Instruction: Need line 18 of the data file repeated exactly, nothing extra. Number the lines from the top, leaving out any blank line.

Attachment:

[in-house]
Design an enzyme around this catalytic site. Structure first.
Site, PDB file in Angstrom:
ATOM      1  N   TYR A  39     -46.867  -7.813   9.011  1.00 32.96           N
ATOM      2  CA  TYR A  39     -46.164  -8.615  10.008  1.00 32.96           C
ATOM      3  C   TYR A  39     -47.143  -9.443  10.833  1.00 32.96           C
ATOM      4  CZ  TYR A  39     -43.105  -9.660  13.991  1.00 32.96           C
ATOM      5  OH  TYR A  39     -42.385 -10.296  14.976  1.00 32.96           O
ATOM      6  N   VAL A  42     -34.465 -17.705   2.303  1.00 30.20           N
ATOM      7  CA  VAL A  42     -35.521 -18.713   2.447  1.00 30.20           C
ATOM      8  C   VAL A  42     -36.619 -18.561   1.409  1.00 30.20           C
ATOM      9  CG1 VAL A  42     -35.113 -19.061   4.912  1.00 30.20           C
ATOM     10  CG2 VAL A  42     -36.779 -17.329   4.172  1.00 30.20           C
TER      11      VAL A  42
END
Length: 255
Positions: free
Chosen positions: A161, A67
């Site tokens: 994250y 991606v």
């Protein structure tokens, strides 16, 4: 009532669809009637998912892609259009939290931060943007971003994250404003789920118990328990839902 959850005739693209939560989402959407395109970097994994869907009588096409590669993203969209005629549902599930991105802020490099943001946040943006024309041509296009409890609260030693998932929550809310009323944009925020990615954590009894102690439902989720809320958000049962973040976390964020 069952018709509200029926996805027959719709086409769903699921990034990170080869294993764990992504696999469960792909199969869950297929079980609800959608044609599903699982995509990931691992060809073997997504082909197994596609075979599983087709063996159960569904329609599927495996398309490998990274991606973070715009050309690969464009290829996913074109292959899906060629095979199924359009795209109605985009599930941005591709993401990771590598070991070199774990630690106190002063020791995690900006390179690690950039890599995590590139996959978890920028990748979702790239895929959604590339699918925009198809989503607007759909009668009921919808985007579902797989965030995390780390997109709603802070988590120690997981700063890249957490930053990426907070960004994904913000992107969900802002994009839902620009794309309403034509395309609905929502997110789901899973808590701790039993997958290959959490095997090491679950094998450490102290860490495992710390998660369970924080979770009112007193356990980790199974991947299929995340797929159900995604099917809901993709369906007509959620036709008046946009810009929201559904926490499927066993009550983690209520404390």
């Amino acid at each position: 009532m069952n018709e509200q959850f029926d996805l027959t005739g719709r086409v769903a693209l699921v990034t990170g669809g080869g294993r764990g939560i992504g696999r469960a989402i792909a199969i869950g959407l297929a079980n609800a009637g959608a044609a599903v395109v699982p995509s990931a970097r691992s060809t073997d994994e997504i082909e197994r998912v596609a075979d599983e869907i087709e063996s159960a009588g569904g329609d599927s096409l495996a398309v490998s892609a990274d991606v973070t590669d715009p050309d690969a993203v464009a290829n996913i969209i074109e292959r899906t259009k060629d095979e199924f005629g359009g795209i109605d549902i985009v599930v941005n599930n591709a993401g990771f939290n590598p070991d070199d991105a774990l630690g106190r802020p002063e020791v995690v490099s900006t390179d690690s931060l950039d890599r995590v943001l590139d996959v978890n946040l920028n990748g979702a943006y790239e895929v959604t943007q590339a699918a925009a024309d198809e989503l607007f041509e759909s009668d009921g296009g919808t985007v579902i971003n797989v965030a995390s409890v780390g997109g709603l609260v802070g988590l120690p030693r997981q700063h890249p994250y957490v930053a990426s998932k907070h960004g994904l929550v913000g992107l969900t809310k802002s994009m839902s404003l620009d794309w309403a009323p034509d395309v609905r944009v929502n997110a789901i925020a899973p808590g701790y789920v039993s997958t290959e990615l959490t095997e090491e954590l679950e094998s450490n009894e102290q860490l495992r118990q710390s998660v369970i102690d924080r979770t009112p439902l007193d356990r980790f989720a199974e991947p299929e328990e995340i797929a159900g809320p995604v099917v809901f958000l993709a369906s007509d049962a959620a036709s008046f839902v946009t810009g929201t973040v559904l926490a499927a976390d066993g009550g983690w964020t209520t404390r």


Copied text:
Chosen positions: A161, A67